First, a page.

The Homeland Security Department announced on Tuesday that it will allocate $100 million this year for emergency preparedness in major U.S. cities.
The funding will be distributed under the urban-area security initiative and is aimed at improving the ability of local governments to prepare for and respond to potential threats, including terrorist activities. Already the department has made available to local governments $566 million to purchase emergency equipment, pay for improved training and conduct emergency exercises.
The department awarded nearly $25 million to New York City; $18 million to Washington, D.C., more than $12 million to Los Angeles, $11 million to Seattle, more than $10 million each to Chicago and San Francisco, and more than $8 million to Houston.
Additionally, the administration has asked that Congress provide $2 billion more in fiscal 2003 to help states and localities pay for terrorism preparations.
Meanwhile, a Bush administration official told a Senate panel on Tuesday that Homeland Security's emergency preparedness and response directorate is undergoing a restructuring designed to bolster cooperation among state and local emergency response agencies.
In a prepared statement before the Senate Homeland Security Appropriations Subcommittee, Michael Brown, undersecretary for emergency preparedness and response, said he has "ordered an internal reorganization" of the directorate, which is charged with mitigating risk and responding to incidents caused by terrorism or natural disasters.
The directorate, he said, "will be divided into four disciplines-preparedness, mitigation, response and recovery. This reorganization reflects the traditional areas of emergency management" and "resembles the organizational flow used by many states."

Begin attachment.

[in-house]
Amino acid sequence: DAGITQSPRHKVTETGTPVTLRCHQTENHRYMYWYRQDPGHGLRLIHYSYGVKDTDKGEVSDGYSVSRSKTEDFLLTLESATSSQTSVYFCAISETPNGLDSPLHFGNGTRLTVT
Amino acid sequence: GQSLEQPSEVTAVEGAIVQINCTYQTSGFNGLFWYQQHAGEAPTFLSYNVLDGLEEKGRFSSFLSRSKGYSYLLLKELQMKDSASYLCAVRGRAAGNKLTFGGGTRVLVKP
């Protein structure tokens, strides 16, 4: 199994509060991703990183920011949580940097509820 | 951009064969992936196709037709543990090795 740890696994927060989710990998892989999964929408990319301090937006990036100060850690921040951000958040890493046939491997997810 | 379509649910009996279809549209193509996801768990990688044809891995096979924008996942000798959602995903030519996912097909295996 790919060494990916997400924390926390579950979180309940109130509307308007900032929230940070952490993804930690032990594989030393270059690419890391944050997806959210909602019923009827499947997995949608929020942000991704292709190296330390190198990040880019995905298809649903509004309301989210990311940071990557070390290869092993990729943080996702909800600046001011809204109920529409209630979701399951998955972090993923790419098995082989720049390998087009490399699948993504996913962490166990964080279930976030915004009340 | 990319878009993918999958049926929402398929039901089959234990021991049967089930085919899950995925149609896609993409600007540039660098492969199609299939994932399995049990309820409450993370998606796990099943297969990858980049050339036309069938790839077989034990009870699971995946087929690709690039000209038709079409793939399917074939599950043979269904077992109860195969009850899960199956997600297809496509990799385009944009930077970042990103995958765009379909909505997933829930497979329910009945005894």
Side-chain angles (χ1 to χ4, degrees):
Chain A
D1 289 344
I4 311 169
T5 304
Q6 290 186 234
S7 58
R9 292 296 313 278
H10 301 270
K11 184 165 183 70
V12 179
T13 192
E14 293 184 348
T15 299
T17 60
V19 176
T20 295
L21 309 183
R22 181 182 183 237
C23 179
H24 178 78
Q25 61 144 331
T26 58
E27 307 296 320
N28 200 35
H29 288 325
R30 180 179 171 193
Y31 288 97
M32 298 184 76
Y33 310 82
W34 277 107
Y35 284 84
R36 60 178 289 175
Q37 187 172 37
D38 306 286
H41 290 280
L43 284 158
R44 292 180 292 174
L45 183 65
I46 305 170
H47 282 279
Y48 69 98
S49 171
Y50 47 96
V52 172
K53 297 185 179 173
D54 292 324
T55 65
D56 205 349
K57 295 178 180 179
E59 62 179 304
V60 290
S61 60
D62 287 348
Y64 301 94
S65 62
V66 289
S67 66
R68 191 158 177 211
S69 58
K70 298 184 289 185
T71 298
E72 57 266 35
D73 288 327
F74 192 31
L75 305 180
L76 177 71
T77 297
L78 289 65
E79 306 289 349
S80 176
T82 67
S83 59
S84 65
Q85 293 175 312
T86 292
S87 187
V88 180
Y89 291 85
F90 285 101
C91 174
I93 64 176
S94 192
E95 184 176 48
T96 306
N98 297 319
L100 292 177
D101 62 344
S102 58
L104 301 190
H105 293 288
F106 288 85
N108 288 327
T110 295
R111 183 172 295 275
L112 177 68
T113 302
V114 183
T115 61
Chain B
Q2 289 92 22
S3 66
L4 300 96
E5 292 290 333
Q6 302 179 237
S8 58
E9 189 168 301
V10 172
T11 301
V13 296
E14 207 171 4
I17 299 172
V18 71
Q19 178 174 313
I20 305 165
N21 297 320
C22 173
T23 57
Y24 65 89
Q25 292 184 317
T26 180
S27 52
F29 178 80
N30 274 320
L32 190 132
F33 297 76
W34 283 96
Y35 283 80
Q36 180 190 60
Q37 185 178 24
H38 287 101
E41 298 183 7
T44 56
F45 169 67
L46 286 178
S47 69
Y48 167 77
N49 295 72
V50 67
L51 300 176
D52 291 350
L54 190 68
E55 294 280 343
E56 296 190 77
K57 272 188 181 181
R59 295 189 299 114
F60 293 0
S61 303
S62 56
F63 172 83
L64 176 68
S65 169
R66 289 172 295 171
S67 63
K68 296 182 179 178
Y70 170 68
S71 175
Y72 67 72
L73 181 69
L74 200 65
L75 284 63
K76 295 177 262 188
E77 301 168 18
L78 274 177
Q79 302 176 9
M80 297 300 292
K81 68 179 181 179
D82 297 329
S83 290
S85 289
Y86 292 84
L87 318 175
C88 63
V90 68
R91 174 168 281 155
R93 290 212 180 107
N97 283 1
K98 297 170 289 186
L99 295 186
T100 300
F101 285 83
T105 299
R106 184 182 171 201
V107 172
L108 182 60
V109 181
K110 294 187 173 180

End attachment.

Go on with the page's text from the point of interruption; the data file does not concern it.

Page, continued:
Brown also said the directorate is requesting funds in fiscal 2004 for several initiatives, including implementation of the National Incident Management System (NIMS), which will work to coordinate and integrate emergency response capabilities at all levels of government.
The agency also is seeking $200 million to update the flood-mapping system. "More than two-thirds of the maps are more than 10 years old," he said, adding that most of them "have outdated streets that make it difficult to precisely determine if a property is located in a floodplain."
The information, which is used millions of times a year by communities, lenders, insurance agents and others, also is incompatible with Geographic Information System technology, he said.
The $200 million budget request, according to Brown, would help create a system that would allow states and localities to better manage flood data and share it with Homeland Security.
"Through the flood-map modernization program, we will enable easy access and exchange of flood-hazard data through the Internet," he said. "This system will provide tools allowing the effective use of information for making decisions that reduce vulnerability to flood risk."